Cenk Tosun put Everton back in the driving seat at 2-1 but more abysmal set-piece defending would lead to two more Millwall goals
Everton were turfed out of the FA Cup by Championship side Millwall amid fury at an obvious handball goal and familiar frustrations over the team's inability to defend set-pieces.
Marco Silva's side twice led in a tie played in sodden conditions at The Den and occasionally torrential rain but squandered their advantage within a minute or so on both occasions before one more silly foul handed the Londoners the chance to win the tie from a free kick.
Silva and Everton will be livid that Jake Cooper's controversial goal that levelled the contest at 2-2 was allowed the stand — despite this being a televised match, the Football Association elected not to employ Video Assistant Referee technology — but it couldn't mask the Blues' attacking shortcomings and their galling weakness defending high balls into the box.
An unsurprisingly poor game didn't see its first shot on target until the 43rd minute when Richarlison gave Everton the lead. Dominic Calvert-Lewin had glanced an early header wide from Seamus Coleman's cross and Richarlison had missed his kick trying to convert another centre from the Irishman as Silva's men struggled to get anything going in the final third.
That changed when André Gomes's pass found Richarlison with space to shoot from outside the area and his slightly deflected shot squirmed under goalkeeper Jordan Archer with two minutes left of the regulation 45 in the first half.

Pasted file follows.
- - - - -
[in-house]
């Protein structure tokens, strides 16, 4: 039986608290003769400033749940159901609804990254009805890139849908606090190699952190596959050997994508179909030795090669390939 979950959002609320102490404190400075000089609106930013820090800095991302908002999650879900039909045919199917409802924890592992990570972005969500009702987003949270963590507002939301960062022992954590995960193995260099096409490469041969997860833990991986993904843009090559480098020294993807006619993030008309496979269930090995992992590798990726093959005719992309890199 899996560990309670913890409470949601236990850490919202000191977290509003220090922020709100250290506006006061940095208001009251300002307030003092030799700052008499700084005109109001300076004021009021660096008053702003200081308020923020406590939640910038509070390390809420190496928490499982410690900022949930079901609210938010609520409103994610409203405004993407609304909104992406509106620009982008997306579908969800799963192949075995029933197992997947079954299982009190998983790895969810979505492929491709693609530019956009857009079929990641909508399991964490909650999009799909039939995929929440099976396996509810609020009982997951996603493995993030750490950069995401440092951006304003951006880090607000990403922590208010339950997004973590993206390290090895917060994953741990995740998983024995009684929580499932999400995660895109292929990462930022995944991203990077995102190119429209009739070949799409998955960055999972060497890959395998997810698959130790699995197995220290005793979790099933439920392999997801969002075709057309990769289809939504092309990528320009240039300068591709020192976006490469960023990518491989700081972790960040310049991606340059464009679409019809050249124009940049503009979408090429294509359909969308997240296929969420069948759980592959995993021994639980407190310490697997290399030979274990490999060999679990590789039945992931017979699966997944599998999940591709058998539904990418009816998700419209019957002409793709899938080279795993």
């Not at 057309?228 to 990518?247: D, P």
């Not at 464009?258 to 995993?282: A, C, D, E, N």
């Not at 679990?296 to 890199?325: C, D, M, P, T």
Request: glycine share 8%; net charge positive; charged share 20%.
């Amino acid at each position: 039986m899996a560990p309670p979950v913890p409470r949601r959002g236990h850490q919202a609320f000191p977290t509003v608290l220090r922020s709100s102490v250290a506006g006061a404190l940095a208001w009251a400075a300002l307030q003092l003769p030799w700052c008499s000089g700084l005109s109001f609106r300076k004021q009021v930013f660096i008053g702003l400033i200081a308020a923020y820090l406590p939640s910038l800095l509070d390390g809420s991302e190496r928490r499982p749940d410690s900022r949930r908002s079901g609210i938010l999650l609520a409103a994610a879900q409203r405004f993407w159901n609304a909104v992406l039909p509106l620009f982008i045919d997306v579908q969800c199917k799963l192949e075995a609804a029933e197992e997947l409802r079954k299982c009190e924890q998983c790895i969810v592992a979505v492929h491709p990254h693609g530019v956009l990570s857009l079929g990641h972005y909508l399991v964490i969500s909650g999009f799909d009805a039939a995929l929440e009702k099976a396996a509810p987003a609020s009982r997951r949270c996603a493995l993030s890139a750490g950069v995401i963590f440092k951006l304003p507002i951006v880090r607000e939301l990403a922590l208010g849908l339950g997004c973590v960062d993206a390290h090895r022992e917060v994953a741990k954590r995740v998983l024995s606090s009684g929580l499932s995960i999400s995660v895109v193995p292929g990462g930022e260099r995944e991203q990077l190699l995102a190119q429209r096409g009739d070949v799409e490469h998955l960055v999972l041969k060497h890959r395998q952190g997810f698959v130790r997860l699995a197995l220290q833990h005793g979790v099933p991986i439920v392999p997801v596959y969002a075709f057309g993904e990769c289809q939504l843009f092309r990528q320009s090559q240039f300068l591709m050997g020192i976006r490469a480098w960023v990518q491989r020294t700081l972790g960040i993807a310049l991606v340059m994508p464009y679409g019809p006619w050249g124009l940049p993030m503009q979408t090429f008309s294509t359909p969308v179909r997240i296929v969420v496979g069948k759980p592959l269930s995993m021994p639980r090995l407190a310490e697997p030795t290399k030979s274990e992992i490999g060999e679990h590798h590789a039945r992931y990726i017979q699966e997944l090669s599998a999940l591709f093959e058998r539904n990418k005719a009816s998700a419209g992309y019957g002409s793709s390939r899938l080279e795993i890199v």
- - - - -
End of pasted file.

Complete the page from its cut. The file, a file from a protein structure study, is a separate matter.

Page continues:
Millwall were level less than two minutes later, though. Everton failed to deal with a free kick, Cooper nodded forward for Lee Gregory and the striker looped a header over Jordan Pickford and into the net.
Everton were better in parts in the second half but had only a scuffed Sigurdsson shot to show for their efforts before Calvert-Lewin was withdrawn in favour of Cenk Tosun with 25 minutes to go.
The Turk had been on the field for seven minutes before he notched his third goal of the season. Sigurdsson played him in between two defenders and Tosun tucked his shot inside the far post to make it 2-1.
A sloppy free-kick conceded by Lucas Digne set the home side up for an immediate reply, however. Everton's defence were easily beaten in the air again and though Pickford saved the first shot well, the rebound hit Cooper on the arm and bounced over the line. Referee Michael Oliver consulted his assistant to confirm the decision and the goal stood despite Everton's vociferous protests.
Ademola Lookman was taken off in favour of Theo Walcott with 11 minutes left but the Blues' attacking efforts bore little fruit and they were heading for a replay until another ill-advised transgression in a dangerous area by Digne led to a stoppage-time winner.
Once again, Millwall prevailed as the ball was swung in, there were more blue jerseys than visiting white in the six-yard box for the second ball and Murray Wallace pounced to consign Everton's Wembley hopes to the bin for another year.
Silva will point to the injustice of the second goal but the problems in all areas of the pitch that show no signs of abating were what lay behind a performance that yielded just three shots on target and precious little of the control that would be expected of a Premier League side playing against lower-division opposition.
The painful defeat effectively ends Everton's season in late January and increases the scrutiny of the manager and a number of the Blues' expensive but under-performing players.